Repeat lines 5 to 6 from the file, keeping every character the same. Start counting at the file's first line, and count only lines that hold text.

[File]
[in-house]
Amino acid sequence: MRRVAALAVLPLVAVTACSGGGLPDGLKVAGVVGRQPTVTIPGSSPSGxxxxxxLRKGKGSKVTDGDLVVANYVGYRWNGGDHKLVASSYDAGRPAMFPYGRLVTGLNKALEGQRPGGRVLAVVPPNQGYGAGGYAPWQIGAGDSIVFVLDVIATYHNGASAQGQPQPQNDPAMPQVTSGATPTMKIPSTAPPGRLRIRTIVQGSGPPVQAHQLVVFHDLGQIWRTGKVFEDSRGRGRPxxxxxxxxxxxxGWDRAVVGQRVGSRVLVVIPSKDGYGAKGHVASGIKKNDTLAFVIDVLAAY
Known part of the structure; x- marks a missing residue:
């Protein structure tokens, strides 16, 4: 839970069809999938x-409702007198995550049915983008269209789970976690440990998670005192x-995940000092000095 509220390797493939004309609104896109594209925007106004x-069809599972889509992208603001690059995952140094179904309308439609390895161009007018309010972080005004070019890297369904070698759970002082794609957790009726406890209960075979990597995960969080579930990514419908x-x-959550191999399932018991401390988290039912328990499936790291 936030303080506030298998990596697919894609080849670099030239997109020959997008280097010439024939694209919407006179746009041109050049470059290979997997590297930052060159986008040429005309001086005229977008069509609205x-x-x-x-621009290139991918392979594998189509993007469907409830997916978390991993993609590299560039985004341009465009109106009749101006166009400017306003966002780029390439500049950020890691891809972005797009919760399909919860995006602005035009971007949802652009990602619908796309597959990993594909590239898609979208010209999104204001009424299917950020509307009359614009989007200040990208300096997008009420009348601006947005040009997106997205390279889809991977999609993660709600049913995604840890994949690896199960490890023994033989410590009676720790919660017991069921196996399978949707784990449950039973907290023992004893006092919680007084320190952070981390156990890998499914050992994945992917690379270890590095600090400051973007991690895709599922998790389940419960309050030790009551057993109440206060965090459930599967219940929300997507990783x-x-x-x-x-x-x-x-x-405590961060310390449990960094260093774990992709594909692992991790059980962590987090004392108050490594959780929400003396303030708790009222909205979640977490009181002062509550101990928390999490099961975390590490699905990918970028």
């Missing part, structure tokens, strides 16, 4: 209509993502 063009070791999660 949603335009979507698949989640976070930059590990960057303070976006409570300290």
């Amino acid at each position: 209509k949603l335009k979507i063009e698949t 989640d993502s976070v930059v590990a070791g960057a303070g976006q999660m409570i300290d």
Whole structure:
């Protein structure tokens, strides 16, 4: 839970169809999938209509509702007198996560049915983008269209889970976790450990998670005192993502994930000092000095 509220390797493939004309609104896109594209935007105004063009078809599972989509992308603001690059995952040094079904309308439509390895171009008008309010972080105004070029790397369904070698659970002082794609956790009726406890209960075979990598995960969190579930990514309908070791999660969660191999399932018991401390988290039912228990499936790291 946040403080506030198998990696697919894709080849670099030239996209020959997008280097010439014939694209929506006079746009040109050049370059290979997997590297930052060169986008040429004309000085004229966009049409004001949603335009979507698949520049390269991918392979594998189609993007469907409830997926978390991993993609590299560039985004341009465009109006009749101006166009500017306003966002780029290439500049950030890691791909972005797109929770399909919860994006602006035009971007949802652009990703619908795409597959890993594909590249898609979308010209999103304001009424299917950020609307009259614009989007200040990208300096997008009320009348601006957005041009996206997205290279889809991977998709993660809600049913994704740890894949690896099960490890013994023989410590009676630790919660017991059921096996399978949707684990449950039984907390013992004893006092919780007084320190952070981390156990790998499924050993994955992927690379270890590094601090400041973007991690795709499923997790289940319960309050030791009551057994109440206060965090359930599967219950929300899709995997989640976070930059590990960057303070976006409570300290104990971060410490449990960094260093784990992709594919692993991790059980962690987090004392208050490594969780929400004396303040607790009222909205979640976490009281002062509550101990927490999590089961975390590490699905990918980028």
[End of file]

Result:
């Missing part, structure tokens, strides 16, 4: 209509993502 063009070791999660 949603335009979507698949989640976070930059590990960057303070976006409570300290």
């Amino acid at each position: 209509k949603l335009k979507i063009e698949t 989640d993502s976070v930059v590990a070791g960057a303070g976006q999660m409570i300290d």